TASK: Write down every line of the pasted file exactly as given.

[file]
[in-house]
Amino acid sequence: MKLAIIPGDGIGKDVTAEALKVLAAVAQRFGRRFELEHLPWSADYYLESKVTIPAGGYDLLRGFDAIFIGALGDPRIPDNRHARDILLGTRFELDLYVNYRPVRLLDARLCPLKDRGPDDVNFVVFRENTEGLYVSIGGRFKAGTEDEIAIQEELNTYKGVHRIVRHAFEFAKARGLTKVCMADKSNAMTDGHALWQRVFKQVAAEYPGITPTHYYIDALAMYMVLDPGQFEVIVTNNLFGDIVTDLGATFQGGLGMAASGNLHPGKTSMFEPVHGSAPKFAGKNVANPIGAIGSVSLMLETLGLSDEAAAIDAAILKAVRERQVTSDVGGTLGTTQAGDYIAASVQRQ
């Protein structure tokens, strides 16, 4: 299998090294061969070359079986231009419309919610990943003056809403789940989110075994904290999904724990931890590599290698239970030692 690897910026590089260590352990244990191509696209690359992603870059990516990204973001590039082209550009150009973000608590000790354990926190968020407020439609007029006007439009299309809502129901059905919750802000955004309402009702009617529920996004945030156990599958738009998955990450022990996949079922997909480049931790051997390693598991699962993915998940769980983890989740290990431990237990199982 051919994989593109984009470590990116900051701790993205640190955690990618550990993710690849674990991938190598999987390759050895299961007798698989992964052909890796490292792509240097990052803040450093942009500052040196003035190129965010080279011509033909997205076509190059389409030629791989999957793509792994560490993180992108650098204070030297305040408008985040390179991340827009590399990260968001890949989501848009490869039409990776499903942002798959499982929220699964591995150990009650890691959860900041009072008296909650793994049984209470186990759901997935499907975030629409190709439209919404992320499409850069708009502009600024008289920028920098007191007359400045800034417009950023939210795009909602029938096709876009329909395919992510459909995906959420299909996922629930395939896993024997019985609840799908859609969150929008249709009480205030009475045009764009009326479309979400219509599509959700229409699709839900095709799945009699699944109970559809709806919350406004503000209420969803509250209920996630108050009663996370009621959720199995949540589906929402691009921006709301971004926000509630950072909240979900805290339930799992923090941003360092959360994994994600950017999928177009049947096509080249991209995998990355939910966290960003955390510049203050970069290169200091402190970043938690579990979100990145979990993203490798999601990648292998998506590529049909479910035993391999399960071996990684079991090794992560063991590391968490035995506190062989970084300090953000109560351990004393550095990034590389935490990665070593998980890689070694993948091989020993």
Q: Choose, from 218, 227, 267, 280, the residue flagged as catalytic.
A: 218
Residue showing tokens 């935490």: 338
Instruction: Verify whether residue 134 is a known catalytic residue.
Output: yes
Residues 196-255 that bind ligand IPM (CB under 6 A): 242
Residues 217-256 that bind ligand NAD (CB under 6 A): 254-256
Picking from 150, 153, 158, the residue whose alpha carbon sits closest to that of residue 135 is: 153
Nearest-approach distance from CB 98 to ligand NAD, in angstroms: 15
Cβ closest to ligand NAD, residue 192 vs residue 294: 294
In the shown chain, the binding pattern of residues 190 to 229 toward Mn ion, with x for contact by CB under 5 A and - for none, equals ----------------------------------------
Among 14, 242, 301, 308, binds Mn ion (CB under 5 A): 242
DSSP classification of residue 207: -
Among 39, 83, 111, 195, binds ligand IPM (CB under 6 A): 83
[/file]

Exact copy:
[in-house]
Amino acid sequence: MKLAIIPGDGIGKDVTAEALKVLAAVAQRFGRRFELEHLPWSADYYLESKVTIPAGGYDLLRGFDAIFIGALGDPRIPDNRHARDILLGTRFELDLYVNYRPVRLLDARLCPLKDRGPDDVNFVVFRENTEGLYVSIGGRFKAGTEDEIAIQEELNTYKGVHRIVRHAFEFAKARGLTKVCMADKSNAMTDGHALWQRVFKQVAAEYPGITPTHYYIDALAMYMVLDPGQFEVIVTNNLFGDIVTDLGATFQGGLGMAASGNLHPGKTSMFEPVHGSAPKFAGKNVANPIGAIGSVSLMLETLGLSDEAAAIDAAILKAVRERQVTSDVGGTLGTTQAGDYIAASVQRQ
């Protein structure tokens, strides 16, 4: 299998090294061969070359079986231009419309919610990943003056809403789940989110075994904290999904724990931890590599290698239970030692 690897910026590089260590352990244990191509696209690359992603870059990516990204973001590039082209550009150009973000608590000790354990926190968020407020439609007029006007439009299309809502129901059905919750802000955004309402009702009617529920996004945030156990599958738009998955990450022990996949079922997909480049931790051997390693598991699962993915998940769980983890989740290990431990237990199982 051919994989593109984009470590990116900051701790993205640190955690990618550990993710690849674990991938190598999987390759050895299961007798698989992964052909890796490292792509240097990052803040450093942009500052040196003035190129965010080279011509033909997205076509190059389409030629791989999957793509792994560490993180992108650098204070030297305040408008985040390179991340827009590399990260968001890949989501848009490869039409990776499903942002798959499982929220699964591995150990009650890691959860900041009072008296909650793994049984209470186990759901997935499907975030629409190709439209919404992320499409850069708009502009600024008289920028920098007191007359400045800034417009950023939210795009909602029938096709876009329909395919992510459909995906959420299909996922629930395939896993024997019985609840799908859609969150929008249709009480205030009475045009764009009326479309979400219509599509959700229409699709839900095709799945009699699944109970559809709806919350406004503000209420969803509250209920996630108050009663996370009621959720199995949540589906929402691009921006709301971004926000509630950072909240979900805290339930799992923090941003360092959360994994994600950017999928177009049947096509080249991209995998990355939910966290960003955390510049203050970069290169200091402190970043938690579990979100990145979990993203490798999601990648292998998506590529049909479910035993391999399960071996990684079991090794992560063991590391968490035995506190062989970084300090953000109560351990004393550095990034590389935490990665070593998980890689070694993948091989020993």
Q: Choose, from 218, 227, 267, 280, the residue flagged as catalytic.
A: 218
Residue showing tokens 């935490």: 338
Instruction: Verify whether residue 134 is a known catalytic residue.
Output: yes
Residues 196-255 that bind ligand IPM (CB under 6 A): 242
Residues 217-256 that bind ligand NAD (CB under 6 A): 254-256
Picking from 150, 153, 158, the residue whose alpha carbon sits closest to that of residue 135 is: 153
Nearest-approach distance from CB 98 to ligand NAD, in angstroms: 15
Cβ closest to ligand NAD, residue 192 vs residue 294: 294
In the shown chain, the binding pattern of residues 190 to 229 toward Mn ion, with x for contact by CB under 5 A and - for none, equals ----------------------------------------
Among 14, 242, 301, 308, binds Mn ion (CB under 5 A): 242
DSSP classification of residue 207: -
Among 39, 83, 111, 195, binds ligand IPM (CB under 6 A): 83